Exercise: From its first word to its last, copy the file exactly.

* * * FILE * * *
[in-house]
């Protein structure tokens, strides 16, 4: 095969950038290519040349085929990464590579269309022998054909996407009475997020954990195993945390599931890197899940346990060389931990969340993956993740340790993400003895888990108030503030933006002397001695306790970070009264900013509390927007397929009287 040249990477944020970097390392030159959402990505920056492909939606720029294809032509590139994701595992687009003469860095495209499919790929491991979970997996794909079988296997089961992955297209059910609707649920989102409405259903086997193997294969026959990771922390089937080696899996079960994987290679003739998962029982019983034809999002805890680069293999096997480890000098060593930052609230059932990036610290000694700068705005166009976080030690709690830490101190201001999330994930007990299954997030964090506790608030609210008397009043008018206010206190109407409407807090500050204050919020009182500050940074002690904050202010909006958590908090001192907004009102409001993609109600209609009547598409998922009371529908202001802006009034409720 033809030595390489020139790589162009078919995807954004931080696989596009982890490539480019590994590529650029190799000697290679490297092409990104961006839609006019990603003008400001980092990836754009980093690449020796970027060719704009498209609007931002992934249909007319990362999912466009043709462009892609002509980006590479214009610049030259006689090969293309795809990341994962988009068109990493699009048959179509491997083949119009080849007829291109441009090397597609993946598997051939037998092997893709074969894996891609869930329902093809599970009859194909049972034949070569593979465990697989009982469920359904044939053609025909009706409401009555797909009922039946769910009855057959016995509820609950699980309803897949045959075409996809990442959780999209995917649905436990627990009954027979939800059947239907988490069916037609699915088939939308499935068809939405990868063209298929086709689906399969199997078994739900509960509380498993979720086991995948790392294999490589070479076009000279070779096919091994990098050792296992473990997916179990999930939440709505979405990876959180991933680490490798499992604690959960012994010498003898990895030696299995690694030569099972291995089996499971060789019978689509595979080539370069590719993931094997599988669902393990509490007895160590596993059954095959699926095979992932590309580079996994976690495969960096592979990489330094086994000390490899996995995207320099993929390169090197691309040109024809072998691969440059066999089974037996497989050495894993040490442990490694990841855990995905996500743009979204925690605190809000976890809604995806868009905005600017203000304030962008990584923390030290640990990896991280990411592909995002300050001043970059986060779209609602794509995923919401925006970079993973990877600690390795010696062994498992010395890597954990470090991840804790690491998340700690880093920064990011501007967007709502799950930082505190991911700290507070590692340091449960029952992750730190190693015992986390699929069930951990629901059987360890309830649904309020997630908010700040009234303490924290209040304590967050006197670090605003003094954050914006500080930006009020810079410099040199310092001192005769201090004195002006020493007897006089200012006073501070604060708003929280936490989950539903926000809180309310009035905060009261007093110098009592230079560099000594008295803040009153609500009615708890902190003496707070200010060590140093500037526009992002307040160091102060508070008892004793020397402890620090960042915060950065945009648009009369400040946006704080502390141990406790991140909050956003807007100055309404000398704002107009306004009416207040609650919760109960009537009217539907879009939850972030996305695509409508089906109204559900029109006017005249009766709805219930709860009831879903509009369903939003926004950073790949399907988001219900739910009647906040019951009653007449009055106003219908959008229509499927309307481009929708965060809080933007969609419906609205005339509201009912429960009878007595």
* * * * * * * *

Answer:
[in-house]
């Protein structure tokens, strides 16, 4: 095969950038290519040349085929990464590579269309022998054909996407009475997020954990195993945390599931890197899940346990060389931990969340993956993740340790993400003895888990108030503030933006002397001695306790970070009264900013509390927007397929009287 040249990477944020970097390392030159959402990505920056492909939606720029294809032509590139994701595992687009003469860095495209499919790929491991979970997996794909079988296997089961992955297209059910609707649920989102409405259903086997193997294969026959990771922390089937080696899996079960994987290679003739998962029982019983034809999002805890680069293999096997480890000098060593930052609230059932990036610290000694700068705005166009976080030690709690830490101190201001999330994930007990299954997030964090506790608030609210008397009043008018206010206190109407409407807090500050204050919020009182500050940074002690904050202010909006958590908090001192907004009102409001993609109600209609009547598409998922009371529908202001802006009034409720 033809030595390489020139790589162009078919995807954004931080696989596009982890490539480019590994590529650029190799000697290679490297092409990104961006839609006019990603003008400001980092990836754009980093690449020796970027060719704009498209609007931002992934249909007319990362999912466009043709462009892609002509980006590479214009610049030259006689090969293309795809990341994962988009068109990493699009048959179509491997083949119009080849007829291109441009090397597609993946598997051939037998092997893709074969894996891609869930329902093809599970009859194909049972034949070569593979465990697989009982469920359904044939053609025909009706409401009555797909009922039946769910009855057959016995509820609950699980309803897949045959075409996809990442959780999209995917649905436990627990009954027979939800059947239907988490069916037609699915088939939308499935068809939405990868063209298929086709689906399969199997078994739900509960509380498993979720086991995948790392294999490589070479076009000279070779096919091994990098050792296992473990997916179990999930939440709505979405990876959180991933680490490798499992604690959960012994010498003898990895030696299995690694030569099972291995089996499971060789019978689509595979080539370069590719993931094997599988669902393990509490007895160590596993059954095959699926095979992932590309580079996994976690495969960096592979990489330094086994000390490899996995995207320099993929390169090197691309040109024809072998691969440059066999089974037996497989050495894993040490442990490694990841855990995905996500743009979204925690605190809000976890809604995806868009905005600017203000304030962008990584923390030290640990990896991280990411592909995002300050001043970059986060779209609602794509995923919401925006970079993973990877600690390795010696062994498992010395890597954990470090991840804790690491998340700690880093920064990011501007967007709502799950930082505190991911700290507070590692340091449960029952992750730190190693015992986390699929069930951990629901059987360890309830649904309020997630908010700040009234303490924290209040304590967050006197670090605003003094954050914006500080930006009020810079410099040199310092001192005769201090004195002006020493007897006089200012006073501070604060708003929280936490989950539903926000809180309310009035905060009261007093110098009592230079560099000594008295803040009153609500009615708890902190003496707070200010060590140093500037526009992002307040160091102060508070008892004793020397402890620090960042915060950065945009648009009369400040946006704080502390141990406790991140909050956003807007100055309404000398704002107009306004009416207040609650919760109960009537009217539907879009939850972030996305695509409508089906109204559900029109006017005249009766709805219930709860009831879903509009369903939003926004950073790949399907988001219900739910009647906040019951009653007449009055106003219908959008229509499927309307481009929708965060809080933007969609419906609205005339509201009912429960009878007595």